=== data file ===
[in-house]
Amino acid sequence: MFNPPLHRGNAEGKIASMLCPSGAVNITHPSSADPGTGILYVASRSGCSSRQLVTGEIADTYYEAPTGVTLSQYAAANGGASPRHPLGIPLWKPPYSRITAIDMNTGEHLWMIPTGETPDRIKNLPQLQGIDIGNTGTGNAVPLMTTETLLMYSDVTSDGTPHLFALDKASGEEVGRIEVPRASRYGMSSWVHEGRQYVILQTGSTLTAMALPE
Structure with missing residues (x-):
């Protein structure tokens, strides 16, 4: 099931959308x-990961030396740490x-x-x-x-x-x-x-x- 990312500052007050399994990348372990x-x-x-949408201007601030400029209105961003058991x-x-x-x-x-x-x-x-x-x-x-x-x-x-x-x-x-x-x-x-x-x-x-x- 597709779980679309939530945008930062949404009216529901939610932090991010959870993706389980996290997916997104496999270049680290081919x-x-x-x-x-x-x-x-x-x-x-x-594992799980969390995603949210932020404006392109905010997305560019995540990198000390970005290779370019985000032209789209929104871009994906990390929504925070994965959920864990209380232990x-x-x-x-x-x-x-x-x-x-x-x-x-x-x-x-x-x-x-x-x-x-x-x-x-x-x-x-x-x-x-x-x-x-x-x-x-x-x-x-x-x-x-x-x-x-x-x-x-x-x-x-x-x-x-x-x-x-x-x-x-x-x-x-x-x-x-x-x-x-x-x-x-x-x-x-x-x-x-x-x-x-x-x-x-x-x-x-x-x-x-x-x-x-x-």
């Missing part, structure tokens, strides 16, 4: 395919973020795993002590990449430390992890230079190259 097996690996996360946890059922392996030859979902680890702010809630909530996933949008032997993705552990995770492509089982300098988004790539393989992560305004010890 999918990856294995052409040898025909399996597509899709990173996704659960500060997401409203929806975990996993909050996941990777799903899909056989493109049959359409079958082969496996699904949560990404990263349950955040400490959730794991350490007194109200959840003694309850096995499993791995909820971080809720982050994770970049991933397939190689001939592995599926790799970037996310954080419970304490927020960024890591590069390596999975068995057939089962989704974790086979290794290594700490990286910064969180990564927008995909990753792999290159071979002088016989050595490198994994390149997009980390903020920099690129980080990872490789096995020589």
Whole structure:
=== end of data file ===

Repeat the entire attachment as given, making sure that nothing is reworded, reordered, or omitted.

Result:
[in-house]
Amino acid sequence: MFNPPLHRGNAEGKIASMLCPSGAVNITHPSSADPGTGILYVASRSGCSSRQLVTGEIADTYYEAPTGVTLSQYAAANGGASPRHPLGIPLWKPPYSRITAIDMNTGEHLWMIPTGETPDRIKNLPQLQGIDIGNTGTGNAVPLMTTETLLMYSDVTSDGTPHLFALDKASGEEVGRIEVPRASRYGMSSWVHEGRQYVILQTGSTLTAMALPE
Structure with missing residues (x-):
């Protein structure tokens, strides 16, 4: 099931959308x-990961030396740490x-x-x-x-x-x-x-x- 990312500052007050399994990348372990x-x-x-949408201007601030400029209105961003058991x-x-x-x-x-x-x-x-x-x-x-x-x-x-x-x-x-x-x-x-x-x-x-x- 597709779980679309939530945008930062949404009216529901939610932090991010959870993706389980996290997916997104496999270049680290081919x-x-x-x-x-x-x-x-x-x-x-x-594992799980969390995603949210932020404006392109905010997305560019995540990198000390970005290779370019985000032209789209929104871009994906990390929504925070994965959920864990209380232990x-x-x-x-x-x-x-x-x-x-x-x-x-x-x-x-x-x-x-x-x-x-x-x-x-x-x-x-x-x-x-x-x-x-x-x-x-x-x-x-x-x-x-x-x-x-x-x-x-x-x-x-x-x-x-x-x-x-x-x-x-x-x-x-x-x-x-x-x-x-x-x-x-x-x-x-x-x-x-x-x-x-x-x-x-x-x-x-x-x-x-x-x-x-x-």
């Missing part, structure tokens, strides 16, 4: 395919973020795993002590990449430390992890230079190259 097996690996996360946890059922392996030859979902680890702010809630909530996933949008032997993705552990995770492509089982300098988004790539393989992560305004010890 999918990856294995052409040898025909399996597509899709990173996704659960500060997401409203929806975990996993909050996941990777799903899909056989493109049959359409079958082969496996699904949560990404990263349950955040400490959730794991350490007194109200959840003694309850096995499993791995909820971080809720982050994770970049991933397939190689001939592995599926790799970037996310954080419970304490927020960024890591590069390596999975068995057939089962989704974790086979290794290594700490990286910064969180990564927008995909990753792999290159071979002088016989050595490198994994390149997009980390903020920099690129980080990872490789096995020589």
Whole structure: